Skip to content

Day 18 Hangzhou

June 18, 2011

June 13, 2011 (Monday)

Eighteenth day in China, third day in Hangzhou: 雷峰塔 Leifengta “Thunder Peak Pagoda”, 淨慈寺 Jingci Temple, 蘇堤 Su Causeway, 岳廟 Yue Fei Memorial

Ate fresh bread, an egg pancake and milk tea. Walked down to the edge of the West Lake at 清波門 Qingbo Gate and along the south shore. Chartered boats drifted by. Moored empty boats waited for passengers. Leifengta’s steep spire and curved eaves came into view, slipped behind a hill as I walked by the water. I bought a ticket, walked the stone steps beside the escalator, and entered the basement floor, where the foundations of the old Leifengta were on view (the original tower collapsed in the early 20th Century) glittering with coins tossed in by visitors. I got another view of the crumbled brick foundations from the next level, then ascended stone steps the foot of the tower, where a sign overhead in gold calligraphy read “雷峯塔”, or “Thunder Peak Pagoda.” The first floor had no walls, only thick round columns, flower motifs on the ceiling and an elevator. I climbed the stairs. On one floor were exquisite carved-wood panels illustrating the 白蛇傳 Legend of the White Snake, including 白素貞 Bai Suzhen (the white snake) descending into the realm of mortals, borrowing 許仙 Xu Xian’s umbrella, reverting to her true form during the Dragon Boat Festival, battling with the monk 法海 Fahai, imprisoned under Leifengta, and released and reunited with Xu Xian and her son 夢蛟 Mengjiao. I saw the West Lake, trees, city, roads and temples from each floor. Without rain or fog I could see the slender 蘇堤 Su Causeway shooting across the lake toward the slim and distant 保俶塔 Baochu Pagoda, opposite the squat 城隍閣 Chenghuang Tower sitting on 吳山 Wushan Hill. In a building beside the tower I saw treasures unearthed from the site. Sitting under the trees I drank Xihu Longjing green tea, the famed “West Lake Dragon Well” green tea grown around Longjing village, and saw the stele erected by (the ficticious) Mengjiao in honor of Bai Suzhen, his mother, after he ranked top-of-the-list in the imperial examinations. A statue of Xu Xian holding an umbrella and helping Bai into a boat stood by a pond near the gate.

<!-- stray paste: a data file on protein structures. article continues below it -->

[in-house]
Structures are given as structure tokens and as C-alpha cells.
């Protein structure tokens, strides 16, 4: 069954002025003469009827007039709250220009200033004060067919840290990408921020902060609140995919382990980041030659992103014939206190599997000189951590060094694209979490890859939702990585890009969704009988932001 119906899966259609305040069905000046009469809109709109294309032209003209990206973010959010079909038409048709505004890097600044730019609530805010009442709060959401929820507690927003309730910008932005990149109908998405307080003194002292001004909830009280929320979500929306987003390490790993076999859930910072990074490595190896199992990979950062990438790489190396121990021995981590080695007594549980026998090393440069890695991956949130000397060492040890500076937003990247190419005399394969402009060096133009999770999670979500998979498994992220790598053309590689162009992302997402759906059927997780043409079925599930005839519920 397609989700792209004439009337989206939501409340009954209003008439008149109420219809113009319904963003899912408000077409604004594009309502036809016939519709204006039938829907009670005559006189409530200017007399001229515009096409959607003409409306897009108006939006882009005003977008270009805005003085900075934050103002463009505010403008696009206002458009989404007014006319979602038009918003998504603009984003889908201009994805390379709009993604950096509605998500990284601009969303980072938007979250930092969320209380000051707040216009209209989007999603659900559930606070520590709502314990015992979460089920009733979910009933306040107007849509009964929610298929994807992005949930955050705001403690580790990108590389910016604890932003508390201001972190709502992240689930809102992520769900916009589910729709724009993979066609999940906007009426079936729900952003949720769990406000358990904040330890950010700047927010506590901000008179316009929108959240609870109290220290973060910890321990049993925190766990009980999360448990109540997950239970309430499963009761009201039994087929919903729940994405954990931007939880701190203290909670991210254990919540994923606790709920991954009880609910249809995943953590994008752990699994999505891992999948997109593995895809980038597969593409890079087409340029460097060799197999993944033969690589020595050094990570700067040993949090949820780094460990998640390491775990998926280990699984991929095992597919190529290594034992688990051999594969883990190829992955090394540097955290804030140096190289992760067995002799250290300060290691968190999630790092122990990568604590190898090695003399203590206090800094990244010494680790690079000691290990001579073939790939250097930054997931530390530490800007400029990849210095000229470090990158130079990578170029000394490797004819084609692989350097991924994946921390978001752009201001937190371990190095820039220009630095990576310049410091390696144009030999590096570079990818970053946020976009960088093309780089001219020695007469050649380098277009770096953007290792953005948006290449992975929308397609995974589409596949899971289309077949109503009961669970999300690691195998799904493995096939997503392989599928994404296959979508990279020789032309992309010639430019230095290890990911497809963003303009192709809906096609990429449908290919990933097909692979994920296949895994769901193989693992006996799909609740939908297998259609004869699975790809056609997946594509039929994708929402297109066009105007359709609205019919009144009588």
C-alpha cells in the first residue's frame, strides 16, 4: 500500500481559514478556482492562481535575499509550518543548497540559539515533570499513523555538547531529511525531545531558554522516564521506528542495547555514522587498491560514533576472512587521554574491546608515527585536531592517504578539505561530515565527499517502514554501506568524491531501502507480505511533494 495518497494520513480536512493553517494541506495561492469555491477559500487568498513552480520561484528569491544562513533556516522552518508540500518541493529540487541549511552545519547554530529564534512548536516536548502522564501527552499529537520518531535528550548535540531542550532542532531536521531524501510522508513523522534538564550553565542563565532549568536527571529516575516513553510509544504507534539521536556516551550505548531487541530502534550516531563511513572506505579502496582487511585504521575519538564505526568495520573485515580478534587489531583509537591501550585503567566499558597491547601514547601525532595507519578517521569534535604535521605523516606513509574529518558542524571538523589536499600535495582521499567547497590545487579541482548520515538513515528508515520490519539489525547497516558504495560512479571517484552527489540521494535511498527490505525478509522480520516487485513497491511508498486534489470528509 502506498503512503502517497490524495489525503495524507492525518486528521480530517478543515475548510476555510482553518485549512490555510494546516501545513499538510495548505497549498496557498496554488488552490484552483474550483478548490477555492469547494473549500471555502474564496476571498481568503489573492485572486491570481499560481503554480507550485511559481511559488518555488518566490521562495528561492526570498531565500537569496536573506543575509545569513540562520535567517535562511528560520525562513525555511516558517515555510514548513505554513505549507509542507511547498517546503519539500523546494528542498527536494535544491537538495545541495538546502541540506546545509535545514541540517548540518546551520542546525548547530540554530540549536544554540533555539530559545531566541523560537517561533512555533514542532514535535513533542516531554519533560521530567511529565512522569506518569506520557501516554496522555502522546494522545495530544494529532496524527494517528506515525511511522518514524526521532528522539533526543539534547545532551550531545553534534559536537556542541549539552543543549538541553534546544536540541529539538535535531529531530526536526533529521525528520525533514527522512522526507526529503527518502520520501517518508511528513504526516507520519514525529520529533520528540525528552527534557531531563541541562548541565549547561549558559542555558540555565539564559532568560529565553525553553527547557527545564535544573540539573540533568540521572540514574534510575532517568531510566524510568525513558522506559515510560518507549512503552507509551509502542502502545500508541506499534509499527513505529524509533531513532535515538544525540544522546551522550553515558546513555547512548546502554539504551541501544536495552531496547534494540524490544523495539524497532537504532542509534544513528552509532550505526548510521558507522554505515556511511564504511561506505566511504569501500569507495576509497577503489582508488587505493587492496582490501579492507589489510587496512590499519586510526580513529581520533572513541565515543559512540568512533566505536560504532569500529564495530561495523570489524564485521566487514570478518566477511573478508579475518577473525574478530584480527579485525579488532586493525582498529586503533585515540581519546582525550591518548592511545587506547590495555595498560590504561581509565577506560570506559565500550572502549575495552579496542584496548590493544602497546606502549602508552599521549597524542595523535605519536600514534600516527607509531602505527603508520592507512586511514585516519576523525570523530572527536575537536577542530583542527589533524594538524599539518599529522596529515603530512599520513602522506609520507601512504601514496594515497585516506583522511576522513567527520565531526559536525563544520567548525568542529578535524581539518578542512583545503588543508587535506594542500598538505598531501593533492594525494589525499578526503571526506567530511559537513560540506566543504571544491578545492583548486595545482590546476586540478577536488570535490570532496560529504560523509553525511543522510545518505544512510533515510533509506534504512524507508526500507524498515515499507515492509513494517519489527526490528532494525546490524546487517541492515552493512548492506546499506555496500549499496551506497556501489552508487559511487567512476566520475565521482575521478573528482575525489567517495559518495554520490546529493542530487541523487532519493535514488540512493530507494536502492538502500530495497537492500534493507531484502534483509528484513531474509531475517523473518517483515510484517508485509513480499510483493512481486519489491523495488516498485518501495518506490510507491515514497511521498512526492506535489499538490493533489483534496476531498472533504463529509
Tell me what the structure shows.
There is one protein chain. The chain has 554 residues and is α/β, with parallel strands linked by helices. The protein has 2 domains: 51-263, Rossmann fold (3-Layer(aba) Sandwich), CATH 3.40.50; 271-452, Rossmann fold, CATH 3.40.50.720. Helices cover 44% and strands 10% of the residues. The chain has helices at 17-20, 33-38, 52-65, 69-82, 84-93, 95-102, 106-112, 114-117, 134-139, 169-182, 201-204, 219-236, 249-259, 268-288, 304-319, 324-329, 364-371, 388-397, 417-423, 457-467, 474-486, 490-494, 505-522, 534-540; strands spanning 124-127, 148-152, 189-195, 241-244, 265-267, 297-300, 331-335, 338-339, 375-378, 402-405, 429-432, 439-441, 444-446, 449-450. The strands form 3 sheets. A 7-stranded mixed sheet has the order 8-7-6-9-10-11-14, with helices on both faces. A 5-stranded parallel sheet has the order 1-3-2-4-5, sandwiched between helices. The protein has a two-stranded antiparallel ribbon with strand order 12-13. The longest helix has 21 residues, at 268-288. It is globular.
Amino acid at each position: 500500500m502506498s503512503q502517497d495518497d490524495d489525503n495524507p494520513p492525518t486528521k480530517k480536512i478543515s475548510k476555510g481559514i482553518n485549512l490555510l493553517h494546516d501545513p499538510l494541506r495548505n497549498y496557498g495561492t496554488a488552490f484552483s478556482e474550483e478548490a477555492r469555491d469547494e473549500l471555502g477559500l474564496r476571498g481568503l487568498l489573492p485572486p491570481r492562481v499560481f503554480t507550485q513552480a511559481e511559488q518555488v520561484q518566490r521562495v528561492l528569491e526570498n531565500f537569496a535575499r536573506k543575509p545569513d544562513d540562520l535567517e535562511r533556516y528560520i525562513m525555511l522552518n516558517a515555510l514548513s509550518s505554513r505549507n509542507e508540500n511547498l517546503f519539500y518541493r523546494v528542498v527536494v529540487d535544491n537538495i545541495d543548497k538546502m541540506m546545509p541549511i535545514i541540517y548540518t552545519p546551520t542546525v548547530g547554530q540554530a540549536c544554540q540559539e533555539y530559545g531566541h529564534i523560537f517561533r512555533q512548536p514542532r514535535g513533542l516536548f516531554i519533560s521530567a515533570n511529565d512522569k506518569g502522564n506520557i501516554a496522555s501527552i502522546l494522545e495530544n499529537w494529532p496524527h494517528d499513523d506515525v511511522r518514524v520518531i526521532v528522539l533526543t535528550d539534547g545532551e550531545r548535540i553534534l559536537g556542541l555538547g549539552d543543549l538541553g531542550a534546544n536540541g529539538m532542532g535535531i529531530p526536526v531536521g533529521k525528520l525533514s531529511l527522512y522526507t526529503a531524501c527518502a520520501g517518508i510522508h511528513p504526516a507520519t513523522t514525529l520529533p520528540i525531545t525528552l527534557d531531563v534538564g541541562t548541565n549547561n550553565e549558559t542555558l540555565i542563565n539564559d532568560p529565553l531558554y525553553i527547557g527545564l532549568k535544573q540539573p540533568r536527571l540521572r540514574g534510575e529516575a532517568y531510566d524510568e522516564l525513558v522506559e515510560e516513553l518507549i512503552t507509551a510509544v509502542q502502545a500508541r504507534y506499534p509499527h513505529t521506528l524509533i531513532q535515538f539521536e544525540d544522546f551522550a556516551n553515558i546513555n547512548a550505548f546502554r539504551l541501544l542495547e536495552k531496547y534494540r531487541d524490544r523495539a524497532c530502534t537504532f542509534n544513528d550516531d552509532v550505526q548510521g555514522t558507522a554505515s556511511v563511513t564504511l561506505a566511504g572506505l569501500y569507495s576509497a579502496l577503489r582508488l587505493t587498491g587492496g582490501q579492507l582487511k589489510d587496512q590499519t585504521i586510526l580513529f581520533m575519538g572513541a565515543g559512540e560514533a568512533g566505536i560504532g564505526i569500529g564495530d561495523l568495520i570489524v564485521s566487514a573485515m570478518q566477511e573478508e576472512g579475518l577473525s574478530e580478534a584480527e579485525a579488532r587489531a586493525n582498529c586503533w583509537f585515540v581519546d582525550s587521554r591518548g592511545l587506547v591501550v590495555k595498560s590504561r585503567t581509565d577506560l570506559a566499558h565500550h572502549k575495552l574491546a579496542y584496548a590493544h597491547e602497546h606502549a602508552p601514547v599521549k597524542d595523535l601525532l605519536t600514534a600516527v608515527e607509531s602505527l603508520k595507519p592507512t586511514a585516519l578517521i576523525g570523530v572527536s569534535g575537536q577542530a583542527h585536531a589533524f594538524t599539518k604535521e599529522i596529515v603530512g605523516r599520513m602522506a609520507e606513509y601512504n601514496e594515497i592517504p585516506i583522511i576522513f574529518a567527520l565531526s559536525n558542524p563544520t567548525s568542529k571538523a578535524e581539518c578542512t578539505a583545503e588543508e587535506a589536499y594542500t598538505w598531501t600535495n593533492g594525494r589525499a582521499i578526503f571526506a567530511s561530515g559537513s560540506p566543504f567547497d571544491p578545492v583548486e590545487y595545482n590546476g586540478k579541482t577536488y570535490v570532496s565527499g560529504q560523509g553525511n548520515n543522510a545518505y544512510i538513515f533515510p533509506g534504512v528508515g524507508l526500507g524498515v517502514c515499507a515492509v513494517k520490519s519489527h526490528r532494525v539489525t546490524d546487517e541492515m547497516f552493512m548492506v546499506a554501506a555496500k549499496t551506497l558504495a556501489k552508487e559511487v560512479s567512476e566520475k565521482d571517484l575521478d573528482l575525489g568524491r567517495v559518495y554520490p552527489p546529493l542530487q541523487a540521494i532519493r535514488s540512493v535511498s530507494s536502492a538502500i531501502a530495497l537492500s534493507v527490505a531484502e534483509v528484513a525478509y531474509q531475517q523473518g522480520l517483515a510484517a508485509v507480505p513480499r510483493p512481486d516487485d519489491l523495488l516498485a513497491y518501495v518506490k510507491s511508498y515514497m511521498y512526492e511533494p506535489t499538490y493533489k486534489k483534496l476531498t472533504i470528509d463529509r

I visited 淨慈寺 Jingci Temple across the street, then walked the Su Causeway (Sudi), a dike paved down the middle, making a beeline for the tomb of 岳飛 Yue Fei on the north shore. I crossed the various stone bridges along the Su, past a crowd of actors preparing for West Lake Impression and floating lotus gardens. Visited the Confucian temple with “日天昭心” written in gold over the door and “盡忠報國” in huge black stokes on the walls, full of colorful statues of heroes. Saw the mound of earth at Yue Fei’s tomb.

KM

Advertisements
No comments yet

Leave a Reply

Fill in your details below or click an icon to log in:

WordPress.com Logo

You are commenting using your WordPress.com account. Log Out / Change )

Twitter picture

You are commenting using your Twitter account. Log Out / Change )

Facebook photo

You are commenting using your Facebook account. Log Out / Change )

Google+ photo

You are commenting using your Google+ account. Log Out / Change )

Connecting to %s

%d bloggers like this: